In writing the book I searched for literatures on work productivity, and used many dozens of articles on specific productivity correlates. But I never came across anything remotely claiming “robot-like” workers (or tortured slaves) to be the most productive in modern jobs. Remember that the scoring standard I set was not personal intuition but the consensus of the academic literature. I’ve cited many sources, but Caplan has yet to cite any.

From Caplan, I humbly request some supporting citations. But I think he and I will make only limited progress in this discussion until some other professional economists weigh in. What incantations will summon the better spirits of the Econ blogosphere?

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Guardian on Age of Em

Age of Em is the “book of the day” today at the Guardian newspaper, the 5th most widely read one in the world. Reviewer Steven Poole hates the em world:

The Age of Em is a fanatically serious attempt .. to use economic and social science to forecast in fine detail how this world (if it is even possible) will actually work. The future it portrays is very strange and, in the end, quite horrific for everyone involved. .. This hellish cyberworld is quite cool to think about in a dystopian Matrixy way, although the book is much drier than fiction.

I’m fine with people not liking the em world, if they understand it. But disliking the world also seems to translate into disliking my analysis. My point by point responses:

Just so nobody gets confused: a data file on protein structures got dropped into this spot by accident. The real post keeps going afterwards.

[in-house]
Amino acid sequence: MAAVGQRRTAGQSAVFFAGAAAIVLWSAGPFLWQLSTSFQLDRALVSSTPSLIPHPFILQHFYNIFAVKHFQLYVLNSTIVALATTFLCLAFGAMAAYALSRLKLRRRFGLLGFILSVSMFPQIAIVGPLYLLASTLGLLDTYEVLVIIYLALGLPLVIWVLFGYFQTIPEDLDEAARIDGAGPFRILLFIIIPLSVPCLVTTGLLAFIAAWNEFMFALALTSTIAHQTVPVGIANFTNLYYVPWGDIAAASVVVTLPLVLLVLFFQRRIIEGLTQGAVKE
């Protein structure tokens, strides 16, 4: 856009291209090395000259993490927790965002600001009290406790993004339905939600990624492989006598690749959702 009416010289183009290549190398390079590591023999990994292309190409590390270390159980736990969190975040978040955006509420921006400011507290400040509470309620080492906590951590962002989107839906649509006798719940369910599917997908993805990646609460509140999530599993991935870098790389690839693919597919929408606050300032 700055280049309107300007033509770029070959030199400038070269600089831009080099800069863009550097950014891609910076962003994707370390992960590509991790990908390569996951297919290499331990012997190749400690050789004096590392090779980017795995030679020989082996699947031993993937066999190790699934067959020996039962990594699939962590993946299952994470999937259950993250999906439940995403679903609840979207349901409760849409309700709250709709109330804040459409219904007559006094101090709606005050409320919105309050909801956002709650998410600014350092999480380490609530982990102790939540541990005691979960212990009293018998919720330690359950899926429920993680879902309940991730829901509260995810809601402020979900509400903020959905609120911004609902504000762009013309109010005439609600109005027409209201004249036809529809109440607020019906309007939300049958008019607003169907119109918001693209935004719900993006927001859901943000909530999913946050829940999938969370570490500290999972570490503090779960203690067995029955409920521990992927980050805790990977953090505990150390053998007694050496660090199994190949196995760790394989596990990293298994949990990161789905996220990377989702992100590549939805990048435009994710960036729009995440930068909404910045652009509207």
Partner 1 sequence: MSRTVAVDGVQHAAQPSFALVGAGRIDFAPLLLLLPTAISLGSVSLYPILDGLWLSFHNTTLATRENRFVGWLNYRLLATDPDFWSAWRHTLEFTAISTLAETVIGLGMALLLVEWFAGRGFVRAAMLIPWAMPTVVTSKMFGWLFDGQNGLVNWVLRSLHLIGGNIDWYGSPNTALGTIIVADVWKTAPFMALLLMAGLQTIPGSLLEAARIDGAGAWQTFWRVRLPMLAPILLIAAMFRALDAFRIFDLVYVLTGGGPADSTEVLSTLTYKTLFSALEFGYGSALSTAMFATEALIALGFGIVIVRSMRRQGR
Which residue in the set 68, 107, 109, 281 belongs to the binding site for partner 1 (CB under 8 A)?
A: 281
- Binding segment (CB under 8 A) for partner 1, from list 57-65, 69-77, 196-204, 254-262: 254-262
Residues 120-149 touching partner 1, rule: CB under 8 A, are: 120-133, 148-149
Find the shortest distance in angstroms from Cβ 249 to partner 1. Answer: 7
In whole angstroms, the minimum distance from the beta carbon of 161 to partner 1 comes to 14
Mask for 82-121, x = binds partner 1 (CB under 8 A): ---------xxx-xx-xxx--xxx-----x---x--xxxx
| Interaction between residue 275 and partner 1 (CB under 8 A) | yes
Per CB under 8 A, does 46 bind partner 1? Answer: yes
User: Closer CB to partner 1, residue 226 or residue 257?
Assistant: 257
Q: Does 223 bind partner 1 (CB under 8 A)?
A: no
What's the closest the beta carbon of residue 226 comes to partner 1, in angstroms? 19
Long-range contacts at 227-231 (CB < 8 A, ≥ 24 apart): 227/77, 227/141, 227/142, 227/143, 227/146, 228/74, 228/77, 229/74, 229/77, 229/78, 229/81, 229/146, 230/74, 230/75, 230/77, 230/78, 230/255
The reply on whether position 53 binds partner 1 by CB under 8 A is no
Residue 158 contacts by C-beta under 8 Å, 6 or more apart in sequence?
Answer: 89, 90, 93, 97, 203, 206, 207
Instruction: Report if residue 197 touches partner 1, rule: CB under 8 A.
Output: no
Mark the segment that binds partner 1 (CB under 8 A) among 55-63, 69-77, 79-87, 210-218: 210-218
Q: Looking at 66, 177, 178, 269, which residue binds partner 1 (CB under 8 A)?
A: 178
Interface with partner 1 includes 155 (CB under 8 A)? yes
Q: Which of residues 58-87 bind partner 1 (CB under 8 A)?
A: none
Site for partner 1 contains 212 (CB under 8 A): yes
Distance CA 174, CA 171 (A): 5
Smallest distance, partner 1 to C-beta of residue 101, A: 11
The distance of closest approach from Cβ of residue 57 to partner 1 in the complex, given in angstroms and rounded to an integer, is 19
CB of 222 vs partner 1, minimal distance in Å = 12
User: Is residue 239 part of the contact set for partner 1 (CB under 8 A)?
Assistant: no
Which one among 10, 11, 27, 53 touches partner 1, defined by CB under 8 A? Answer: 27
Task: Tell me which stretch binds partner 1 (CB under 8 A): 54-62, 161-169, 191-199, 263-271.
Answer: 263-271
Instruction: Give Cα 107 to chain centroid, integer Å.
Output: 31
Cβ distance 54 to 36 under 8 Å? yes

Hanson says it reads more like an encyclopedia. But if it’s an encyclopedia, what are its sources?

References take 31 pages, others have complained of too many cites, and you complain of dry text. Yet you really wanted more cites & references?

“Today,” he complains, “we take far more effort to study the past than the future, even though we can’t change the past.” Yes, you might respond: that is because we literally cannot “study” the future – because either it doesn’t exist or (in the block-universe model of time) it does exist but is completely inaccessible to us.

We infer theories from data on the present and past. The whole reason for theory is to help us infer things where we don’t have data. Like the future. That is what theorists do. So we can study the future by applying our best theories, as I tried to do in the book.